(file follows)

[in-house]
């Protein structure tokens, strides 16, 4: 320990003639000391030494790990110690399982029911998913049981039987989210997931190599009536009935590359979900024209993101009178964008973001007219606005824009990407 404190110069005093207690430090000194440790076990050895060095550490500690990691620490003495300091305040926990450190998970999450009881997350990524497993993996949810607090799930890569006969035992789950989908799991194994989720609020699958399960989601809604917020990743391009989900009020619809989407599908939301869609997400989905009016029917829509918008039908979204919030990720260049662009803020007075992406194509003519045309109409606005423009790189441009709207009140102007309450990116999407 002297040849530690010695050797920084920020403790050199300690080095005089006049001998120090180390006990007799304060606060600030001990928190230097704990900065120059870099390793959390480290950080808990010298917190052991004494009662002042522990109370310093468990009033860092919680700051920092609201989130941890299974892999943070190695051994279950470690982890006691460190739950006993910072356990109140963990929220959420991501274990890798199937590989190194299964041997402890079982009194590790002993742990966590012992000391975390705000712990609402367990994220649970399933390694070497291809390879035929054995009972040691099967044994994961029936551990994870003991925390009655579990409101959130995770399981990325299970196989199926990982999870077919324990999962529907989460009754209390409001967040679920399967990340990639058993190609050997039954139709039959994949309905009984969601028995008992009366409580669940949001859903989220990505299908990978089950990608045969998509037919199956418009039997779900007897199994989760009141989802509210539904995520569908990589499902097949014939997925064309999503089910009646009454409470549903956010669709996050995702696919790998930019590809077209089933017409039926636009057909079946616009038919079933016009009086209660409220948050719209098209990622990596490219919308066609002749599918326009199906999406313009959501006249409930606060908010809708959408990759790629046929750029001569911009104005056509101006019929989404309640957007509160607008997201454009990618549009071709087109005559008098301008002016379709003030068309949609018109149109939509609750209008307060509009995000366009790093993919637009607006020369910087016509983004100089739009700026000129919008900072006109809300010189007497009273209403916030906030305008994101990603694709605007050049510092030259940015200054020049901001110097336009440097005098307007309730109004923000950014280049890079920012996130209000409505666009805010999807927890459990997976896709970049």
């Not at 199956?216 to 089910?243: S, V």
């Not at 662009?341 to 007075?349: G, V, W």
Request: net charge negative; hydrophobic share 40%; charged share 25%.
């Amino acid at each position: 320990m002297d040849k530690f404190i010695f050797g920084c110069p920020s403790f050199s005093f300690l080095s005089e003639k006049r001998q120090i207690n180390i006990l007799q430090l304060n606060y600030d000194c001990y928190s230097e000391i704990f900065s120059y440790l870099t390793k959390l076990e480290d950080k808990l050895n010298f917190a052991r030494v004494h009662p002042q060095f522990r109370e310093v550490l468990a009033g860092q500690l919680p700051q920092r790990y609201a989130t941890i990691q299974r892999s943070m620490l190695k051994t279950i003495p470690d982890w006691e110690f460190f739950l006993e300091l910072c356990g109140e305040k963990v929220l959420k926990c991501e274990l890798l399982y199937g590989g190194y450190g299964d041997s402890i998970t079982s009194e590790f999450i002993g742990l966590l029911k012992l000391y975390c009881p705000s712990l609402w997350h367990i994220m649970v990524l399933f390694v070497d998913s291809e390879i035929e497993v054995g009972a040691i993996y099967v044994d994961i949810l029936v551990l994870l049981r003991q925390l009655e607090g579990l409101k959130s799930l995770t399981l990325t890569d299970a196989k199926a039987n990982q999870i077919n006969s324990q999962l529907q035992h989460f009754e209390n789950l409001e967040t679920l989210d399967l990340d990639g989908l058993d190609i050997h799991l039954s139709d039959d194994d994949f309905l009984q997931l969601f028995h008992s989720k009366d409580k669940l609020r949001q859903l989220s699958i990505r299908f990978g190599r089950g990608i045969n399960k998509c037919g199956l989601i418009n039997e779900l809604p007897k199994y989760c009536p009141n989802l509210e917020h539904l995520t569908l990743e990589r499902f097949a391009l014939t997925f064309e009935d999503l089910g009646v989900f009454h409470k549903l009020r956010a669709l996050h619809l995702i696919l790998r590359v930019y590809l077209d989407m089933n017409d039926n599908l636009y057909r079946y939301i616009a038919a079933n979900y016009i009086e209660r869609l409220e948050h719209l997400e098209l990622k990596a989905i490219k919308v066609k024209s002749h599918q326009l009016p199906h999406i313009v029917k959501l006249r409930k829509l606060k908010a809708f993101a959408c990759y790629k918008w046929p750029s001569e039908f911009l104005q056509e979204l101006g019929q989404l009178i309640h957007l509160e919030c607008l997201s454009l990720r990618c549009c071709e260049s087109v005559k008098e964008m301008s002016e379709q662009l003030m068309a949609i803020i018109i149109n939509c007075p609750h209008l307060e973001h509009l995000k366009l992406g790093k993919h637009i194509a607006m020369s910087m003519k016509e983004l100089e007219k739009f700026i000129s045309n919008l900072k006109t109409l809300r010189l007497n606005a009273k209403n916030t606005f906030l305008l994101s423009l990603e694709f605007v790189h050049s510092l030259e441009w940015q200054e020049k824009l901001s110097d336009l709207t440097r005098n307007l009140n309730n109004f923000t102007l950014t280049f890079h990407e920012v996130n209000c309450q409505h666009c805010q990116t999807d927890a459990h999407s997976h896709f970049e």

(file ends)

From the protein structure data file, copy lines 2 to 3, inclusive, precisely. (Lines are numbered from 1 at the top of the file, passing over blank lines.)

């Protein structure tokens, strides 16, 4: 320990003639000391030494790990110690399982029911998913049981039987989210997931190599009536009935590359979900024209993101009178964008973001007219606005824009990407 404190110069005093207690430090000194440790076990050895060095550490500690990691620490003495300091305040926990450190998970999450009881997350990524497993993996949810607090799930890569006969035992789950989908799991194994989720609020699958399960989601809604917020990743391009989900009020619809989407599908939301869609997400989905009016029917829509918008039908979204919030990720260049662009803020007075992406194509003519045309109409606005423009790189441009709207009140102007309450990116999407 002297040849530690010695050797920084920020403790050199300690080095005089006049001998120090180390006990007799304060606060600030001990928190230097704990900065120059870099390793959390480290950080808990010298917190052991004494009662002042522990109370310093468990009033860092919680700051920092609201989130941890299974892999943070190695051994279950470690982890006691460190739950006993910072356990109140963990929220959420991501274990890798199937590989190194299964041997402890079982009194590790002993742990966590012992000391975390705000712990609402367990994220649970399933390694070497291809390879035929054995009972040691099967044994994961029936551990994870003991925390009655579990409101959130995770399981990325299970196989199926990982999870077919324990999962529907989460009754209390409001967040679920399967990340990639058993190609050997039954139709039959994949309905009984969601028995008992009366409580669940949001859903989220990505299908990978089950990608045969998509037919199956418009039997779900007897199994989760009141989802509210539904995520569908990589499902097949014939997925064309999503089910009646009454409470549903956010669709996050995702696919790998930019590809077209089933017409039926636009057909079946616009038919079933016009009086209660409220948050719209098209990622990596490219919308066609002749599918326009199906999406313009959501006249409930606060908010809708959408990759790629046929750029001569911009104005056509101006019929989404309640957007509160607008997201454009990618549009071709087109005559008098301008002016379709003030068309949609018109149109939509609750209008307060509009995000366009790093993919637009607006020369910087016509983004100089739009700026000129919008900072006109809300010189007497009273209403916030906030305008994101990603694709605007050049510092030259940015200054020049901001110097336009440097005098307007309730109004923000950014280049890079920012996130209000409505666009805010999807927890459990997976896709970049």
């Not at 199956?216 to 089910?243: S, V």